The shield part I figured out by laying out on my own queen sized bed and draping the fabric. The width of the shield is the full 45″ width of the fabric. I drew the rest of the shield according to historical direction. I had to do the curves with a pencil and string compass.


For the bees, again I had to go by my best guesstimate. I took the image I was given, enlarged it significantly and cleaned it up in Photoshop the best I could, then I printed it out, traced it out while cleaning up and smoothing out the lines and checked the fit.


The yellow part of the shield was tricky and I did have to ask the client if the bee in this section needed to be bigger or not. Technically it should have been for greater accuracy but we decided this was good enough. I appliqued the contrast areas to each bee first, then applied them to the shield itself.


I then pinned the shield super carefully on the pieced top and sewed that on with a zig zag applique stitch like the rest.


When it came time to baste, some of the top and back was actually larger than the queen sized piece of batting. I did use 100% cotton batting. Lots of careful pinning and trimming here. This living / dining room of ours is a huge room, but we still had to push back one loveseat and the dining room table in order to baste the whole thing.


My design for quilting the shield area was all stippling and outlining the bees. This was for movement to mimic how bees seem to meander everywhere. in the main quilt background, I decided a simple crosshatch grid would not only look great but be reminiscent of medieval quilted armour padding. Especially good since it was this era the client re-enacted, so it would be close to historical. While I did machine quilt it, I also used 100% cotton thread here too. I have a super huge cone of beige thread that I’m still not sure when i might ever see the end of. I think it’s 10,000 yards.

I used my 18″ by 3″ wide ruler to help create the gird and marked it with tailor’s chalk in a rust color. It was slow going and I did get off course a bit but managed to correct it when I met in the middle.  I started at one side, then moved to the other to join up at the bottom front where I could work out any misalignments in a low visibility area.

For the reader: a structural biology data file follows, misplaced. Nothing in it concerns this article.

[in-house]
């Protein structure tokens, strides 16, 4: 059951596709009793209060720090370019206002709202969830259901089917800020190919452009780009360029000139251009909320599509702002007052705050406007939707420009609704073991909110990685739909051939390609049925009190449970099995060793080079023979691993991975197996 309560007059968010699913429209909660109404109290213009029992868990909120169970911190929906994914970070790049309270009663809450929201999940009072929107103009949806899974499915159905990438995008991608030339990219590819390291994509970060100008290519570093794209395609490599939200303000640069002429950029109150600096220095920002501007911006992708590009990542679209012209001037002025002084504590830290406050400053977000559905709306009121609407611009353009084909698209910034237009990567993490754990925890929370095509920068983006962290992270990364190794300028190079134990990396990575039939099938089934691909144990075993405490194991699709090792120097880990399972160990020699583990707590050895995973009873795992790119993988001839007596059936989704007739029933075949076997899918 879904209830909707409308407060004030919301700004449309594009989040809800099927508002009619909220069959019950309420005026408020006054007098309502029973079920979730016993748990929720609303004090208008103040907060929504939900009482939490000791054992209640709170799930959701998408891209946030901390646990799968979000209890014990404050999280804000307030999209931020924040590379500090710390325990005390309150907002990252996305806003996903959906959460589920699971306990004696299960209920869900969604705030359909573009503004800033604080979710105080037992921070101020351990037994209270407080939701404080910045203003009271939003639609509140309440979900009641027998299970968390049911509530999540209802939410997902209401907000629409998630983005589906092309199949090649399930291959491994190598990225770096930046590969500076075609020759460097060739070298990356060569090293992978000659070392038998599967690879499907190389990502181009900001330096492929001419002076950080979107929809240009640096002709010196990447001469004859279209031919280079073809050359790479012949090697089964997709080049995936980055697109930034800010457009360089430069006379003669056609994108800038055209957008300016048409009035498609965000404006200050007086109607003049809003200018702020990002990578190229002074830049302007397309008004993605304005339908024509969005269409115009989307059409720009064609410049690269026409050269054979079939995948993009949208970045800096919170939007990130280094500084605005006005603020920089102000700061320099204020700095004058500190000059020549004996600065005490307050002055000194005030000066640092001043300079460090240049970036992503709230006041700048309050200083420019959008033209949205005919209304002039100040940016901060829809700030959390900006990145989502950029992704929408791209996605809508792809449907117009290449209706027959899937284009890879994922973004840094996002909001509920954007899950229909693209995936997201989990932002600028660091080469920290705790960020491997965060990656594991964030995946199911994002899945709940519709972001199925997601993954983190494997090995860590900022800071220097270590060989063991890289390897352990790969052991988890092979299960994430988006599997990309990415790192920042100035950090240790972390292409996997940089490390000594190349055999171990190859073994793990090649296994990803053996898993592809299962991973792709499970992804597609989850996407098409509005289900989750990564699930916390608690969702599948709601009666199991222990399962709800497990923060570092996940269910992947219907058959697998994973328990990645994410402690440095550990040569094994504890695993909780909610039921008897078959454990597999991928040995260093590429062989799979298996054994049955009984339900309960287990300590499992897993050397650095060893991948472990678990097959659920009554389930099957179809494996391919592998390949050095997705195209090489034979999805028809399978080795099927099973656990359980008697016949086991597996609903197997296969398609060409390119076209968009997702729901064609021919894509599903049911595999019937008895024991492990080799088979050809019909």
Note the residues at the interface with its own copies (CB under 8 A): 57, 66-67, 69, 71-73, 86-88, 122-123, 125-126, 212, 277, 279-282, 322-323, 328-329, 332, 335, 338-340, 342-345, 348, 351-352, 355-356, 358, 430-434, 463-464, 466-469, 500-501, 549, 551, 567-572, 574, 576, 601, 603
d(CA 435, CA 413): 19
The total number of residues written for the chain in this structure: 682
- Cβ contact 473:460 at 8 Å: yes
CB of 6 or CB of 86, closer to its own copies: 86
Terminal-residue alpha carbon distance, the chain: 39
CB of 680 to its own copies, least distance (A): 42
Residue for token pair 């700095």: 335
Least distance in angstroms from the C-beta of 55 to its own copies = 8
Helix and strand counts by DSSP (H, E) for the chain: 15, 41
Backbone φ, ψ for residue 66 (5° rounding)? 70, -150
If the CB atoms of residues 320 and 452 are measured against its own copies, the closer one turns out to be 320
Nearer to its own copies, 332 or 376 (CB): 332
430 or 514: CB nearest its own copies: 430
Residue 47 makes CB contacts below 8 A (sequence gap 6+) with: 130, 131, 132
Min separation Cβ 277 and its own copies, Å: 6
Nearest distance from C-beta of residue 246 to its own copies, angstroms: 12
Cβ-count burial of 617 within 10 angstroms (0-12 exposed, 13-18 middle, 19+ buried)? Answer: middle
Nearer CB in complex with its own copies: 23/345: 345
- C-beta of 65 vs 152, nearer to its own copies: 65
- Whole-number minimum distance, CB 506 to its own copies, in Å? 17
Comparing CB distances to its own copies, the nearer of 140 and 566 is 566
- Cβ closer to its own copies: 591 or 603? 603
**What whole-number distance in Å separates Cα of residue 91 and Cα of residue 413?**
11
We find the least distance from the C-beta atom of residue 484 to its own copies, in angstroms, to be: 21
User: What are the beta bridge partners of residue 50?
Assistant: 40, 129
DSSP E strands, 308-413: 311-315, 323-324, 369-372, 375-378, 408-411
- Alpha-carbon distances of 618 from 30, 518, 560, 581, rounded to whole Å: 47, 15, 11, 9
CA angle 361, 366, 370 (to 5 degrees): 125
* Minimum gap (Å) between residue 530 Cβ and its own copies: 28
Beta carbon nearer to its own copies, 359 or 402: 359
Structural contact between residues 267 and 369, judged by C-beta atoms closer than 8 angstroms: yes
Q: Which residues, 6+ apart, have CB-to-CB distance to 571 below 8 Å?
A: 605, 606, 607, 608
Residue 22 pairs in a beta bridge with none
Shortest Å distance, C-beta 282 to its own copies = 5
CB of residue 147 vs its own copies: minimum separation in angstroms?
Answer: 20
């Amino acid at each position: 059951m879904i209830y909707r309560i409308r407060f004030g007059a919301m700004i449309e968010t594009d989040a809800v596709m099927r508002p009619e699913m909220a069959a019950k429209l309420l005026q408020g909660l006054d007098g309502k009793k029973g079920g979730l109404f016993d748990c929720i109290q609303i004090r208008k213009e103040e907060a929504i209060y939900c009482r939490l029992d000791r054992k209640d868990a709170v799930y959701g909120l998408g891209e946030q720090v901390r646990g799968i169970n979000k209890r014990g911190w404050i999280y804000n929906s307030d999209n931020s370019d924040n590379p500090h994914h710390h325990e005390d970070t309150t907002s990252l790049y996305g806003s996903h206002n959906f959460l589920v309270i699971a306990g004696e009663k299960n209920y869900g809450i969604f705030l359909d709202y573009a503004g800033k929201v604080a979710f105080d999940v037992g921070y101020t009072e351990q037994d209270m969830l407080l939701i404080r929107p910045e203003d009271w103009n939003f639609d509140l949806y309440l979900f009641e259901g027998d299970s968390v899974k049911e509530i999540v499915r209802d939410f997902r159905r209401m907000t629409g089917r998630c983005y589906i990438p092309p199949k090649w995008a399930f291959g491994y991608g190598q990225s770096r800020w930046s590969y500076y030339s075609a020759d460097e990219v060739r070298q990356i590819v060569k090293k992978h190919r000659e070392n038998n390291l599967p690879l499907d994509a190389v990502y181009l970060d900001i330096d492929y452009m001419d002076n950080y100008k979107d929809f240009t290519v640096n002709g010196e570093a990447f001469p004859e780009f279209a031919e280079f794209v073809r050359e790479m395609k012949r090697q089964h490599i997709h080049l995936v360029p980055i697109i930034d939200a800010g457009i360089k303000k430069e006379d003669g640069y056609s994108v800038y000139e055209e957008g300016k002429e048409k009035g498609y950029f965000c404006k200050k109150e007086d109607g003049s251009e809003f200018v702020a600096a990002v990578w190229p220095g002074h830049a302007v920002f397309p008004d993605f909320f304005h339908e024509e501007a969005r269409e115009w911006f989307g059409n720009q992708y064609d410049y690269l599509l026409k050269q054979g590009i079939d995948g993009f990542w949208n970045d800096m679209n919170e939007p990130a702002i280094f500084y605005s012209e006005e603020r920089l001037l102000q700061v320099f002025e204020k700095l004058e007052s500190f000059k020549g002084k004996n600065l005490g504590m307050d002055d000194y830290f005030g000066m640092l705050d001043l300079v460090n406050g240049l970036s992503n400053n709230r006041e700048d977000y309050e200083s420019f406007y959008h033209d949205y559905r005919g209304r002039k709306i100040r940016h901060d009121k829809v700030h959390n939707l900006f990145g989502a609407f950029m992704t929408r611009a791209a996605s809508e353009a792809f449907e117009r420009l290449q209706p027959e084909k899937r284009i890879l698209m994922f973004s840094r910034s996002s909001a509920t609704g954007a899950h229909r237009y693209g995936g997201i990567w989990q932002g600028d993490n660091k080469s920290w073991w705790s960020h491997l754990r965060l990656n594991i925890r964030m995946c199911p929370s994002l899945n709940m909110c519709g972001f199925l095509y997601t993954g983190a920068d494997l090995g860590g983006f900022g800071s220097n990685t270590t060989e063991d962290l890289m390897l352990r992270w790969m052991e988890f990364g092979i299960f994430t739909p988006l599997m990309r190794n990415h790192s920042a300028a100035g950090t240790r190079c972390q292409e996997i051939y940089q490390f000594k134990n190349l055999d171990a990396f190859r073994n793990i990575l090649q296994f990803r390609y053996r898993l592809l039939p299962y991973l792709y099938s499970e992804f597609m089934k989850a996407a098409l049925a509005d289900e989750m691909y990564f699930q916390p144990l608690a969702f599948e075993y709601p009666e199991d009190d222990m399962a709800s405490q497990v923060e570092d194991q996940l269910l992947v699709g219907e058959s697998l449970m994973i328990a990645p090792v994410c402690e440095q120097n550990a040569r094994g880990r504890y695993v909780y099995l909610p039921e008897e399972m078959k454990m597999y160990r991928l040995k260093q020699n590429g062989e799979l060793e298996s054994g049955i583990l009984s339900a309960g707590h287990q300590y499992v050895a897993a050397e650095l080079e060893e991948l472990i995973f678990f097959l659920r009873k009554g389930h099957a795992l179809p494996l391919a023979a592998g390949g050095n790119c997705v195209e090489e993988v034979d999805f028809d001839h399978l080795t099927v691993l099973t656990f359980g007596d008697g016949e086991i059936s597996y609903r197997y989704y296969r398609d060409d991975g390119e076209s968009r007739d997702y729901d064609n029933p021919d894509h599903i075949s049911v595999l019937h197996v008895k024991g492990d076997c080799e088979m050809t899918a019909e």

Next time i Need to use a yardstick or something longer.


Back of the quilt showing some piecing.


Back of the shield area showing the bees.


The quilt after washing. YES I tossed it in my washer and dryer to see how it held up and to repair anything that needed to be resewn. Nothing came undone. I wanted this quilt to be able to handle the rigours of use. If you think a cotton quilt looks amazing after washing a linen one is fantastic. This is so warm feeling and heavy – not to mention soft. I had just barely enough linen left with some trimming to do the single fold binding. I think I cut 2″ strips, so it was quite narrow. I machine stitched it on.


The client is absolutely over the moon and I am super happy.

I did a few small projects after this one though. 😉 While working on this I think I went through two whole seasons of the X Files on Netflix.

From my notes, I used:
3 bobbins purple thread
7 bobbins beige thread

And spent 9 hours, 40 mins quilting, marking and making / applying binding. Does not include piecing or design time. That was at least another 3 hours.